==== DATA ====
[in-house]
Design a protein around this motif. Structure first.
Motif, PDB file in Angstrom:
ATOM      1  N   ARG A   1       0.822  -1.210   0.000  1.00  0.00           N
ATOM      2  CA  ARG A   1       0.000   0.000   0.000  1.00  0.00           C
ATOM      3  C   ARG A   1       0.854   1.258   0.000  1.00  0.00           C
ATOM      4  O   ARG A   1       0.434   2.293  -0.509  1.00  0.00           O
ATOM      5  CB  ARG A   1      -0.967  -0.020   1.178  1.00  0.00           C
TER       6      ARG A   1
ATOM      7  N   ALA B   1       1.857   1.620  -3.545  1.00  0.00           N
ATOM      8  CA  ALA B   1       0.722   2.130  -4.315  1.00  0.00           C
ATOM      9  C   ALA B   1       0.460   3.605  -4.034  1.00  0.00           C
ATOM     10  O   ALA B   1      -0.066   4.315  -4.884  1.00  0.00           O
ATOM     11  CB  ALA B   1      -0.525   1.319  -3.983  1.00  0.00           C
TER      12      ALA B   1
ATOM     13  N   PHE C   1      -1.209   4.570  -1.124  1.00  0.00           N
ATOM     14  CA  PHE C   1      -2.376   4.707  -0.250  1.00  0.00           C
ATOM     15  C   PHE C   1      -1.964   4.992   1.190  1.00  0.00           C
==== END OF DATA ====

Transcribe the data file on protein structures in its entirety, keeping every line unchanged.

[in-house]
Design a protein around this motif. Structure first.
Motif, PDB file in Angstrom:
ATOM      1  N   ARG A   1       0.822  -1.210   0.000  1.00  0.00           N
ATOM      2  CA  ARG A   1       0.000   0.000   0.000  1.00  0.00           C
ATOM      3  C   ARG A   1       0.854   1.258   0.000  1.00  0.00           C
ATOM      4  O   ARG A   1       0.434   2.293  -0.509  1.00  0.00           O
ATOM      5  CB  ARG A   1      -0.967  -0.020   1.178  1.00  0.00           C
TER       6      ARG A   1
ATOM      7  N   ALA B   1       1.857   1.620  -3.545  1.00  0.00           N
ATOM      8  CA  ALA B   1       0.722   2.130  -4.315  1.00  0.00           C
ATOM      9  C   ALA B   1       0.460   3.605  -4.034  1.00  0.00           C
ATOM     10  O   ALA B   1      -0.066   4.315  -4.884  1.00  0.00           O
ATOM     11  CB  ALA B   1      -0.525   1.319  -3.983  1.00  0.00           C
TER      12      ALA B   1
ATOM     13  N   PHE C   1      -1.209   4.570  -1.124  1.00  0.00           N
ATOM     14  CA  PHE C   1      -2.376   4.707  -0.250  1.00  0.00           C
ATOM     15  C   PHE C   1      -1.964   4.992   1.190  1.00  0.00           C